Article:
Skip to main content
Dryad logo

Data from: Evidence for adaptation from standing genetic variation on an antimicrobial peptide gene in the mussel Mytilus edulis

Citation

Gosset, Célia C.; Do Nascimento, Joana; Augé, Marie-Thérèse; Bierne, Nicolas (2014), Data from: Evidence for adaptation from standing genetic variation on an antimicrobial peptide gene in the mussel Mytilus edulis, Dryad, Dataset, https://doi.org/10.5061/dryad.d1f44

Abstract

Genome scans of population differentiation identify candidate loci for adaptation but provide little information on how selection has influenced the genetic structure of these loci. Following a genome scan, we investigated the nature of the selection responsible for the outlying differentiation observed between populations of the marine mussel Mytilus edulis at a leucine/arginine polymorphism (L31R) in the antimicrobial peptide MGD2. We analysed DNA sequence polymorphisms, allele frequencies and population differentiation of polymorphisms closely linked to L31R, and pairwise and third-order linkage disequilibria. An outlying level of population differentiation was observed at L31R only, while no departure from panmixia was observed at linked loci surrounding L31R, as in most of the genome. Selection therefore seems to affect L31R directly. Three hypotheses can explain the lack of differentiation in the chromosomal region close to L31R: (i) hitchhiking has occurred but migration and recombination subsequently erased the signal, (ii) selection was weak enough and recombination strong enough to limit the hitchhiking effect to a very small chromosomal region or (iii) selection acted on a pre-existing polymorphism (i.e. standing variation) at linkage equilibrium with its background. Linkage equilibrium was observed between L31R and linked polymorphisms in every population analysed, as expected under the three hypotheses. However, linkage disequilibrium was observed in some populations between pairs of loci located upstream and downstream to L31R, generating a complex pattern of third-order linkage disequilibria which is best explained by the hypothesis of selection on a pre-existing polymorphism. We hypothesise that selection could be either balanced, maintaining alleles at different frequencies depending on the pathogen community encountered locally by mussels, or intermittent, resulting in sporadic fluctuations in allele frequency.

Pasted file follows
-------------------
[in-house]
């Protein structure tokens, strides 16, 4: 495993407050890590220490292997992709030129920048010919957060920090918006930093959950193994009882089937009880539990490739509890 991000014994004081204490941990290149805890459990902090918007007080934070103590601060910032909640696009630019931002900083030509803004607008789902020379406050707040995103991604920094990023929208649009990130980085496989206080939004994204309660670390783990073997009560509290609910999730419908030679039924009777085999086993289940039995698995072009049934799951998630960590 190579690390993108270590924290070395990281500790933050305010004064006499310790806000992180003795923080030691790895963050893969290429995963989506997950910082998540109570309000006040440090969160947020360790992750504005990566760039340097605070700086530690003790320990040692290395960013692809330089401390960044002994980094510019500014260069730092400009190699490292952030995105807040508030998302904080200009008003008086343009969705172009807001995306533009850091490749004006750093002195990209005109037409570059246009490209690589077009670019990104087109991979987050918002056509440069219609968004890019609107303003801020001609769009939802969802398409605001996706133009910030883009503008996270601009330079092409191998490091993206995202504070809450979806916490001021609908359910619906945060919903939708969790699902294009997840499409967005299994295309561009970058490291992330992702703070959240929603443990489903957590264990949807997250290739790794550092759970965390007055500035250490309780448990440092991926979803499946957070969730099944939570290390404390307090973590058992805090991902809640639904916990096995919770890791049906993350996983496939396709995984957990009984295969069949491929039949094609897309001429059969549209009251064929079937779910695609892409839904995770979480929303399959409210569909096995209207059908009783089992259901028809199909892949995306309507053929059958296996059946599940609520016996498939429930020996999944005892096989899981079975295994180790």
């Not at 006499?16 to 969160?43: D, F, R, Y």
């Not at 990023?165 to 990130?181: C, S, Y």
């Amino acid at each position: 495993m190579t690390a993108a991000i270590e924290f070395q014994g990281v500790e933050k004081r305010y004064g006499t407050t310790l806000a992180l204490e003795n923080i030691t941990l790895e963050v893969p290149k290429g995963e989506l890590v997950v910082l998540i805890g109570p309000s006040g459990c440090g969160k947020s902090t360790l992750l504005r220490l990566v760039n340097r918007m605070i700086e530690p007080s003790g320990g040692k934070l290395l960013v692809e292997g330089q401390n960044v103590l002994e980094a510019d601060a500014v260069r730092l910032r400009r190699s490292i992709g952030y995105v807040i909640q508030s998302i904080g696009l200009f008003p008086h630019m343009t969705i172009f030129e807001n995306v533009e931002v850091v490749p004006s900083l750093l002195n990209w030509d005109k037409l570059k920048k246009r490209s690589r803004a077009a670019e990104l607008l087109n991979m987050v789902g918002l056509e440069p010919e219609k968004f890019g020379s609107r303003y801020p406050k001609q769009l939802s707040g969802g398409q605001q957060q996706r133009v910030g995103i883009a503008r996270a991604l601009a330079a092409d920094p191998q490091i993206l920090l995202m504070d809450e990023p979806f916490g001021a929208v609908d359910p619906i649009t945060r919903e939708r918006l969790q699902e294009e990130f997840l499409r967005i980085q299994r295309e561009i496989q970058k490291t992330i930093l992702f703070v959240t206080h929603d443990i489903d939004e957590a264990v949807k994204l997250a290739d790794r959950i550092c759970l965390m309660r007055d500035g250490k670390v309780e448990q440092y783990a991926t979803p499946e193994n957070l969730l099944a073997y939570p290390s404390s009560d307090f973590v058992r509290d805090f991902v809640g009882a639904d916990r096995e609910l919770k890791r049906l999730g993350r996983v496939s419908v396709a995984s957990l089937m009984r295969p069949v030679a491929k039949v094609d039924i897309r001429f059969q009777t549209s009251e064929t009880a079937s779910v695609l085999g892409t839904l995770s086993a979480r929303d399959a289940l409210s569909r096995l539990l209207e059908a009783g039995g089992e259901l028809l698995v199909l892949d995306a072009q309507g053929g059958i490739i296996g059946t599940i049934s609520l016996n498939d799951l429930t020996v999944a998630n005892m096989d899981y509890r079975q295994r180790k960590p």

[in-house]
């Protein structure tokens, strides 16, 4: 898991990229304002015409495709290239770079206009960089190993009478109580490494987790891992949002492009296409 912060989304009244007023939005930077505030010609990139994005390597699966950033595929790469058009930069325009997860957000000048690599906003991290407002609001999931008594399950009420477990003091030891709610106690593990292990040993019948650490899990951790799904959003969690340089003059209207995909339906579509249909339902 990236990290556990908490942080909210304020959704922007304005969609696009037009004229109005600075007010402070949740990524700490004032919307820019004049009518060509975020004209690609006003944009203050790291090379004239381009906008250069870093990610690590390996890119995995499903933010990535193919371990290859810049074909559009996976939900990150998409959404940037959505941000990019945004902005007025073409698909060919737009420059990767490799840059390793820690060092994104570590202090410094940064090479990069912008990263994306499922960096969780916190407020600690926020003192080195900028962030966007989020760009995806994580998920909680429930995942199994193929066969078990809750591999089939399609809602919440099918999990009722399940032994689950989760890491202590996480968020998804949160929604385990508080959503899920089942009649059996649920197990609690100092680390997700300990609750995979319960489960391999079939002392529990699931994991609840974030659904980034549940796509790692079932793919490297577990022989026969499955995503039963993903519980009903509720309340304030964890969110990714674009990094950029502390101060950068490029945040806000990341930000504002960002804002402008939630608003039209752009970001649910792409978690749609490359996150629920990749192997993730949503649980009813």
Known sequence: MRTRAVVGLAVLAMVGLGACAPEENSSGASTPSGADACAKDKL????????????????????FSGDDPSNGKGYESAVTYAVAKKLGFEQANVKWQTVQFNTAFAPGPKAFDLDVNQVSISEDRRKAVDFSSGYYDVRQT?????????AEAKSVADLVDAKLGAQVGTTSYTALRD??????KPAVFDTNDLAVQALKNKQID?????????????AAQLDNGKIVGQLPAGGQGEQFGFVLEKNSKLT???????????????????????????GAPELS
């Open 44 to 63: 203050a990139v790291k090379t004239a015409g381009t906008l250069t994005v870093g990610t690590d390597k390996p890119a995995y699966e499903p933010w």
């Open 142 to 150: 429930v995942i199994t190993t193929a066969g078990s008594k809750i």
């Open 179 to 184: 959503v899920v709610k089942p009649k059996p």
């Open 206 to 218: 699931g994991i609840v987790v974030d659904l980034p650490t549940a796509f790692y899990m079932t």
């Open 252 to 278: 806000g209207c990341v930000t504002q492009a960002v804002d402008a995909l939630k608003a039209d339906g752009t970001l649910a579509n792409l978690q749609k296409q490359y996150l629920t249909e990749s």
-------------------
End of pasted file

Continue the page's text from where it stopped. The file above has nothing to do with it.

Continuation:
Usage Notes